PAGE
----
My work contract wrapped up and I am interviewing for my next job. My desire is to have permanent work (not contractual) with benefits. I ask for His discernment as I interview, and am resting in His provision to provide my “daily bread” in the meantime.

        Thanks again! 🙂

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  4. Yes! Proverbs! (Pr 17.28, for example: Even a fool, when he holdeth his peace, is counted wise: and he that shutteth his lips is esteemed a man of understanding.) So much about the tongue in God’s Word.
    Criticism is a tough one. So much depends on who is speaking to me. If it’s someone I love, I tend to take them at their word right off, and I can feel my defenses rising. And every time, when I consider afterward, I wish I’d just kept silent, at least long enough to ask God and process it through Him. Is this person angry about something that has nothing to do with me? Is this person so insecure that s/he must deflect from a spotlight s/he hides from? Sadly, I fall into the trap all to often of “me first,” and respond from hurt feelings. 😥 It never gets better after that, and fences must be mended.

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    1. Ah — I can relate to what you have mentioned here, and have had to deal with my share of torn-up fences, too!

      Also, I think our culture has become far less polite (and more selfish) over the past few decades, and people seem to feel that they can say or do whatever they please — even if it’s hurtful. Such folks (among others) fit the Proverbs 17:28 description of a fool that you referenced earlier. 🧡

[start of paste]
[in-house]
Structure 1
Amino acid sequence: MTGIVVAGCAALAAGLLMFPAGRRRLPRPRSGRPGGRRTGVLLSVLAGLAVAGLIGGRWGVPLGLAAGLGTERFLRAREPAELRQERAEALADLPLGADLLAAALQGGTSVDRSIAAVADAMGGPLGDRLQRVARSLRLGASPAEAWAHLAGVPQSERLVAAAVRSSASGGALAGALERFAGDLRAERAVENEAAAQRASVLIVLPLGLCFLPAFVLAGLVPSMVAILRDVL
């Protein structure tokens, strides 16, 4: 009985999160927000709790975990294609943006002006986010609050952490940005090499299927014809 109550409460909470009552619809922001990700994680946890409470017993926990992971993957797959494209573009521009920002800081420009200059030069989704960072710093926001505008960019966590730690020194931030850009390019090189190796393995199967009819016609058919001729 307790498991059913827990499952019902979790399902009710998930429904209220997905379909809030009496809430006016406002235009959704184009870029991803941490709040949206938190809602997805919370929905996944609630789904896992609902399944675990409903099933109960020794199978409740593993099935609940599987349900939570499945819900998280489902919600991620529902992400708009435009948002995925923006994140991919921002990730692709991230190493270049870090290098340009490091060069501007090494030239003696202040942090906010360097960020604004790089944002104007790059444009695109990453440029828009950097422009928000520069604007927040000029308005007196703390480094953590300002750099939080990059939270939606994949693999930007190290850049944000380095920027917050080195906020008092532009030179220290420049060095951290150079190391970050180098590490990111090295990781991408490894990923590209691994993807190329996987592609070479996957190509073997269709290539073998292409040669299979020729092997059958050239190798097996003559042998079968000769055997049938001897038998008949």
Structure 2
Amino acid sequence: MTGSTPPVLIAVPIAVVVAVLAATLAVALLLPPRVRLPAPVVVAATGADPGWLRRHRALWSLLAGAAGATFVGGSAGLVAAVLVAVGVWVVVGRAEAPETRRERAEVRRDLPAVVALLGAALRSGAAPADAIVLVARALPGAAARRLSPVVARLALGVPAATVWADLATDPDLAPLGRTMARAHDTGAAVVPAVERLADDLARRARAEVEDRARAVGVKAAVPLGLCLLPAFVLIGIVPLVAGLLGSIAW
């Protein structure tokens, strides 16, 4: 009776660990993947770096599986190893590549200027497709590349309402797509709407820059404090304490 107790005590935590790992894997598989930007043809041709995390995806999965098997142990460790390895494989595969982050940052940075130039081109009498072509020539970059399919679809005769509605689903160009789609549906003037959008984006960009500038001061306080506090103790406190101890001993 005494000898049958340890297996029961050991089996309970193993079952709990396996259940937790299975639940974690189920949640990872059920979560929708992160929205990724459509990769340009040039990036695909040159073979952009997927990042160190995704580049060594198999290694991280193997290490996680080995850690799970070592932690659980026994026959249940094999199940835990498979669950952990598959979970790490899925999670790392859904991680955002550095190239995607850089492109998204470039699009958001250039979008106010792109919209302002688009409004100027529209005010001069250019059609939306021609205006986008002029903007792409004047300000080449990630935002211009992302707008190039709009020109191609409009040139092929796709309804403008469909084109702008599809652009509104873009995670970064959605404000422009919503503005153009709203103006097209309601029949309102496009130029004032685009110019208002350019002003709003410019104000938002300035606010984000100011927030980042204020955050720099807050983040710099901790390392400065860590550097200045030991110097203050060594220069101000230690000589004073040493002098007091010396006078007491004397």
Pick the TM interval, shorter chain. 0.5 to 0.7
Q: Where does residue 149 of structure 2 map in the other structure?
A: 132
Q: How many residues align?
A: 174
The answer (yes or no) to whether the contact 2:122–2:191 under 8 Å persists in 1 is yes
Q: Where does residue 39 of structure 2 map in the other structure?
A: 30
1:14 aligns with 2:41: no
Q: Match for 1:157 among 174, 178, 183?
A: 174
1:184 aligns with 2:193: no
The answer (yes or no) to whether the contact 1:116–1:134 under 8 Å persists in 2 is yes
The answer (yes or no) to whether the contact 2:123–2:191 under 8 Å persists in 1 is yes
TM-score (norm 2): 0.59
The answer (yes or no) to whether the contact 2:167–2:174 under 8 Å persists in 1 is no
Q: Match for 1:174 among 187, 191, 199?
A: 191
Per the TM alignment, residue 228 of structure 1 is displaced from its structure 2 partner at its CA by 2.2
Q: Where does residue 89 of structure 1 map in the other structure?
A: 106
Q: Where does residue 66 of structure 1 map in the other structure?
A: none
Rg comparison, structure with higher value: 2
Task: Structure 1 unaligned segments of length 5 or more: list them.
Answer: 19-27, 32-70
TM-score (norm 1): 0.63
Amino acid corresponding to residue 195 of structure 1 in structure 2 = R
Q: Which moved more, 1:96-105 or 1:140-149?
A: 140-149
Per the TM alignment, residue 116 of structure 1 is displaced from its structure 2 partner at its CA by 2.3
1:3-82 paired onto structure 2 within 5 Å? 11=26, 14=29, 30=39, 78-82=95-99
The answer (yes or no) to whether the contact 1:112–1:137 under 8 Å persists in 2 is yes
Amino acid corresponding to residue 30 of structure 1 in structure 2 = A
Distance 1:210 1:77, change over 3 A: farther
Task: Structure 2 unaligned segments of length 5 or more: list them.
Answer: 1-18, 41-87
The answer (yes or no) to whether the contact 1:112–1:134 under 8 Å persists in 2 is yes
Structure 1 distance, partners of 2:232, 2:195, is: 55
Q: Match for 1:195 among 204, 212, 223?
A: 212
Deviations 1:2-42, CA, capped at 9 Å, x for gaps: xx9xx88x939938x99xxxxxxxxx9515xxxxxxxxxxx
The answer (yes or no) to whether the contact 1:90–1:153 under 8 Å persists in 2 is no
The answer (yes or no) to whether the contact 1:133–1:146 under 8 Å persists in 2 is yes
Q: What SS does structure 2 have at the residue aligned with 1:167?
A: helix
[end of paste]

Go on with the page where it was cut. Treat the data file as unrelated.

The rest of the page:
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      1. I agree. Media reinforces this, and then people propagate the media, and it all reinforces in a downward spiral. 😕 Only God can change us, and we, as a culture (and a world) are turning away from Him. We don’t even know it. (Pr 4.19 The way of the wicked is as darkness: they know not at what they stumble.)
        So there’s MORE time on my knees!

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      2. Ah — a great verse from Proverbs 4! The ways of the world are darkness and we are to not conform to these cultural norms, lest we be deceived ourselves.

        And amen (again!) to your point about needing to be in orayee faithfully and earnestly! Prayer isn’t an option to consider — rather, it’s the spiritual oxygen I need to survive in this toxic world. Thank you for this reminder!

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    1. Amen, Joseph! It usually is some sort of trap (think of Jesus with the Pharisees) so we must keep our wits about us when in the presence of such foolishly contentious people. The sad thing is that these folks rarely realize how poorly their behavior reflects on themselves — they are too caught up in themselves and lose all perspective on the situation.

      How are things going with you, by the way? I’m still praying! ✝️

      Liked by 1 person

    1. Wise words (as usual), Margaret! 😀 After all, it takes two to get into an argument, but a party of one can’t fuss by himself (or herself) for long, as you say. There is a verse I read recently that addresses this matter well — if you feel so led, look up Proverbs 26:20 when you get a chance. 🧡✝️😊